Barring a massive September collapse, Clayton Kershaw appears to have the NL Cy Young all but wrapped up at this point. Matt Harvey was the only one with a real chance at giving him a run for his money, but a season-ending UCL injury put an end to that. Meanwhile, Craig Kimbrel and Adam Wainwright have solid resumes, but they don't stack up to the Dodgers' left-hander.
Others, like Patrick Corbin, Madison Bumgarner and Cliff Lee, are a notch below the above-mentioned guys, but they don't quite qualify as "dark horses" either.
SP Zack Greinke, Los Angeles Dodgers
After signing a six-year, $159 million deal in the offseason, things did not exactly start out swimmingly for Zack Greinke in Los Angeles. A broken collarbone in April cost him nearly a month, and he had a 4.80 ERA through his first six starts.
However, he's turned things around since then and given the Dodgers the second ace they were hoping he'd be when they gave him all that money. He's been particularly good in the second half, going 6-1 with a 1.84 ERA in nine starts, and he gives the Dodgers two legitimate Cy Young candidates.
SP Mat Latos, Cincinnati Reds
With Johnny Cueto on the shelf, the Reds have counted on Mat Latos as the ace of the staff this year, and he has thrived in that role in his second season in Cincinnati.
The big right-hander is 6-2 with a 1.97 ERA since the All-Star break, as his stock is certainly on the rise here in the second half. He'll be counted on to keep pitching like an ace down the stretch and into October for a Reds team looking to avenge last year's NLDS collapse.
SP Francisco Liriano, Pittsburgh Pirates
The Pirates took a flier on Francisco Liriano this offseason, signing him to a one-year, $1 million deal after the left-hander went just 6-12 with a 5.34 ERA pitching for the Twins and White Sox last season.
He missed time early while recovering from a broken non-throwing arm, but he's been the ace of the surging Pirates staff since winning his first start of the season on May 11. The Pirates look like geniuses now for tacking an $8 million team option for next year onto the contract he signed in the offseason.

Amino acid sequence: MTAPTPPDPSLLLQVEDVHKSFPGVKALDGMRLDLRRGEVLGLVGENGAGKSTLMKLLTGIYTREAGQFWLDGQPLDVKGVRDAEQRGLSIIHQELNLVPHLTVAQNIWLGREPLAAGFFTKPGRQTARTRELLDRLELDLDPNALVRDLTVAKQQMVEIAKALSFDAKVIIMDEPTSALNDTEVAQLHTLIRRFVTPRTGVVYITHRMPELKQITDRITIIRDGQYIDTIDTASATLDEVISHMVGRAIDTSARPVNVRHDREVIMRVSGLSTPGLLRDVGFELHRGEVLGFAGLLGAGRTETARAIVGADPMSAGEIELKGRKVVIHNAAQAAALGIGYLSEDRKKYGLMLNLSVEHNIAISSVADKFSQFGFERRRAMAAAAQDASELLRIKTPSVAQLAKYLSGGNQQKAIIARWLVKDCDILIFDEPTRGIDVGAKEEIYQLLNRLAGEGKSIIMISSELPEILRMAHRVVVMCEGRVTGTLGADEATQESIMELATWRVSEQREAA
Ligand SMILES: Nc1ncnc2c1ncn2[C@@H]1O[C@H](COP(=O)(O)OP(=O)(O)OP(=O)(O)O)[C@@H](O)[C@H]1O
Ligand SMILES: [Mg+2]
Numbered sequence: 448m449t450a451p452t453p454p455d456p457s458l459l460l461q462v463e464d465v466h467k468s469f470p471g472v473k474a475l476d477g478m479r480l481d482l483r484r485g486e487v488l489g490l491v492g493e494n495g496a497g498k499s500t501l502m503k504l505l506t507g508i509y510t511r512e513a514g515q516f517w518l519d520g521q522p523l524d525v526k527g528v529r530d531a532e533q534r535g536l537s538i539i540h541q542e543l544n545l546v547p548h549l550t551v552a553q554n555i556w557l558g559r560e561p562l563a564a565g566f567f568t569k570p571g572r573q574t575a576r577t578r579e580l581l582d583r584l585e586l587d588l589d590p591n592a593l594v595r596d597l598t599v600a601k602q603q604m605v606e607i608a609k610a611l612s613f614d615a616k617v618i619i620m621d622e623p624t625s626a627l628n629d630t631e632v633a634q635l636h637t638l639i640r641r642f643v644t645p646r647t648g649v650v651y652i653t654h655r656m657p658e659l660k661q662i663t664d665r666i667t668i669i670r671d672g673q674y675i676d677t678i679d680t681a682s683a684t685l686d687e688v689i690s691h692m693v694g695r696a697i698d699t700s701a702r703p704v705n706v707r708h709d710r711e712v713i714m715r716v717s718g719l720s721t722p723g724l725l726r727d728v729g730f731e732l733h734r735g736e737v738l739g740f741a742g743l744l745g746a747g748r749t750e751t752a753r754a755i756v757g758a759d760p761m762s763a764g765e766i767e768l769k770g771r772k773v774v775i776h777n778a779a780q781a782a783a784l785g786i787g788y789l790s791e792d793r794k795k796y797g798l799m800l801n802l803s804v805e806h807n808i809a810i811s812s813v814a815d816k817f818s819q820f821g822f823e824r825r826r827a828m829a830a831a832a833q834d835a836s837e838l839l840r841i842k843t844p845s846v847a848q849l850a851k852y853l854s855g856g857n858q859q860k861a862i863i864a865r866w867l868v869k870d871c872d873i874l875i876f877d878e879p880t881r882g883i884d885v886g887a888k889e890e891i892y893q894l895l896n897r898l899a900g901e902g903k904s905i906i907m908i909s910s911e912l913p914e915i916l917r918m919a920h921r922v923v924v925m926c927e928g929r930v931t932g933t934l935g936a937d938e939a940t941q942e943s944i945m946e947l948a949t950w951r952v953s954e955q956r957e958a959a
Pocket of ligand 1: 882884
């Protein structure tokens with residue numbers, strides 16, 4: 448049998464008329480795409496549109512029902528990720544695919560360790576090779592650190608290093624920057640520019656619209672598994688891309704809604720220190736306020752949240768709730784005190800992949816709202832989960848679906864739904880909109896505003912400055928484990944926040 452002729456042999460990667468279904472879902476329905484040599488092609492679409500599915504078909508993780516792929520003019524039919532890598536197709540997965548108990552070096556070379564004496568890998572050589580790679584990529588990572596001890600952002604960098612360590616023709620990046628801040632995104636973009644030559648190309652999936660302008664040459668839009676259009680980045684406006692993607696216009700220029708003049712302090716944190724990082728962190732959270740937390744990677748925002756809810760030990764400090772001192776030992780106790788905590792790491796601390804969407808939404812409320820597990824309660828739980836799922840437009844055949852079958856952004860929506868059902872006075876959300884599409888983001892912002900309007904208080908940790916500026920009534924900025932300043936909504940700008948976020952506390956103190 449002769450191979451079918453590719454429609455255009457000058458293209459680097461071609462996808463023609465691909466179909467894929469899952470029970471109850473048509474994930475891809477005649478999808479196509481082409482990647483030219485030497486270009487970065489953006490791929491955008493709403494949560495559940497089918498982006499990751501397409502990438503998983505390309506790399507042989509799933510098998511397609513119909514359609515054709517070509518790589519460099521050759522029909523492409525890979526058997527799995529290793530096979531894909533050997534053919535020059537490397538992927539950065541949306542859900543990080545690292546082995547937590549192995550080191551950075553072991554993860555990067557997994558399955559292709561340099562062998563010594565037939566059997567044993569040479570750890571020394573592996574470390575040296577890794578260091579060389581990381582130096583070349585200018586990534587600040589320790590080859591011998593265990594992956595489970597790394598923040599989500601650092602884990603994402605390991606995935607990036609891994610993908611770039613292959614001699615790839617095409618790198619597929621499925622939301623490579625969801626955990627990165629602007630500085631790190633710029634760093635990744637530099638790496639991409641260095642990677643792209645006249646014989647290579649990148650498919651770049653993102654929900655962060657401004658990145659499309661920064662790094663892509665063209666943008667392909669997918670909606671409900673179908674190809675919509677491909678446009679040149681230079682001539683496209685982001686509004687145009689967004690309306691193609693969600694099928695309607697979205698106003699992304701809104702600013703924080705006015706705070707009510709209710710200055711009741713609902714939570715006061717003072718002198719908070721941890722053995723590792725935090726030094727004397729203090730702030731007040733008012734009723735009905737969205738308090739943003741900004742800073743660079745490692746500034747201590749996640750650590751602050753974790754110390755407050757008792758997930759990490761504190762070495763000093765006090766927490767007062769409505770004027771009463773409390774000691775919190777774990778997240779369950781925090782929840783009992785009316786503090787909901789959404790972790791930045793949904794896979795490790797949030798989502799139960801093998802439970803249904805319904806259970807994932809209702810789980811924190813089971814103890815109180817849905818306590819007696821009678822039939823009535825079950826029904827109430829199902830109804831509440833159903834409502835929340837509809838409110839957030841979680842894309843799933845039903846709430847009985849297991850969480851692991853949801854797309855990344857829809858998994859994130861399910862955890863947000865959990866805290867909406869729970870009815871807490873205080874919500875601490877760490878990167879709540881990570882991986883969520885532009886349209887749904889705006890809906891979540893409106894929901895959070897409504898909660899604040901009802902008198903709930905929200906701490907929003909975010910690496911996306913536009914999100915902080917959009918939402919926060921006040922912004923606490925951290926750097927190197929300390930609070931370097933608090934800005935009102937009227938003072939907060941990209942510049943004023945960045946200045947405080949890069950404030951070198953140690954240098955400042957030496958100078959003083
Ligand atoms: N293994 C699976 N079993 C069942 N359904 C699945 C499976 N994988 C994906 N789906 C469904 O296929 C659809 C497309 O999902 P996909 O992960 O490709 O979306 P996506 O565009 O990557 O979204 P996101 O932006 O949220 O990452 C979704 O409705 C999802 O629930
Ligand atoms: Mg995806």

|3B Miguel Cabrera, DET||129 G, .355/.447/.673, 43 HR, 131 RBI, 96 R||7.5|
|CF Mike Trout, LAA||136 G, .338/.435/.575, 23 HR, 83 RBI, 95 R||9.4|
|1B Chris Davis, BAL||139 G, .298/.381/.659, 48 HR, 123 RBI, 96 R||6.3|
The Miguel Cabrera vs. Mike Trout, conventional numbers vs. sabermetrics debate may very well crop up once again this year, as both players are having seasons very similar to their 2012 campaigns. Chris Davis would be the front-runner in almost any other season, but he will likely have to settle for a third-place finish.
3B Josh Donaldson, Oakland Athletics
Handed the starting third base job out of spring training in 2012, Josh Donaldson struggled to the point of being demoted. But he returned on August 14 to hit .290/.356/.489 down the stretch.
He has built off of that solid stretch with a breakout season, and while the 27-year-old was snubbed from the MLB All-Star Game, he could get some love from the AL MVP voters if he keeps producing in the middle of the A's lineup over the final month.
CF Jacoby Ellsbury, Boston Red Sox
Jacoby Ellsbury nearly won AL MVP honors back in 2011 when he posted a .928 OPS with 32 home runs and 39 steals, finishing second to Tigers ace Justin Verlander in a very close vote.